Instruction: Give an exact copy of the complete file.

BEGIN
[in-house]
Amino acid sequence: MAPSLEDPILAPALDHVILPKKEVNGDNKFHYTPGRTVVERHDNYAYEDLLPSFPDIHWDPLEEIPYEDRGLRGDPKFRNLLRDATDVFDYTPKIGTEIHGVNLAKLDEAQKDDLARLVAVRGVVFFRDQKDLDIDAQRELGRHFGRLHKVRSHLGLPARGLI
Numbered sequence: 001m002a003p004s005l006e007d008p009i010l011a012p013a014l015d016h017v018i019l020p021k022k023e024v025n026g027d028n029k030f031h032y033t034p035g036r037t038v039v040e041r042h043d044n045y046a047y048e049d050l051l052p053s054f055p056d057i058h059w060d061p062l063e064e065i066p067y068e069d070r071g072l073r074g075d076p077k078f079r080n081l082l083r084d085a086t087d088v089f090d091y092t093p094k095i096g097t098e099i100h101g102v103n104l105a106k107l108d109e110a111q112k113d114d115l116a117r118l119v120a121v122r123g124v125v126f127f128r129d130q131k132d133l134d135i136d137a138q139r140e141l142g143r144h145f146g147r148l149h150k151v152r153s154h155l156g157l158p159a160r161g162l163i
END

[in-house]
Amino acid sequence: MAPSLEDPILAPALDHVILPKKEVNGDNKFHYTPGRTVVERHDNYAYEDLLPSFPDIHWDPLEEIPYEDRGLRGDPKFRNLLRDATDVFDYTPKIGTEIHGVNLAKLDEAQKDDLARLVAVRGVVFFRDQKDLDIDAQRELGRHFGRLHKVRSHLGLPARGLI
Numbered sequence: 001m002a003p004s005l006e007d008p009i010l011a012p013a014l015d016h017v018i019l020p021k022k023e024v025n026g027d028n029k030f031h032y033t034p035g036r037t038v039v040e041r042h043d044n045y046a047y048e049d050l051l052p053s054f055p056d057i058h059w060d061p062l063e064e065i066p067y068e069d070r071g072l073r074g075d076p077k078f079r080n081l082l083r084d085a086t087d088v089f090d091y092t093p094k095i096g097t098e099i100h101g102v103n104l105a106k107l108d109e110a111q112k113d114d115l116a117r118l119v120a121v122r123g124v125v126f127f128r129d130q131k132d133l134d135i136d137a138q139r140e141l142g143r144h145f146g147r148l149h150k151v152r153s154h155l156g157l158p159a160r161g162l163i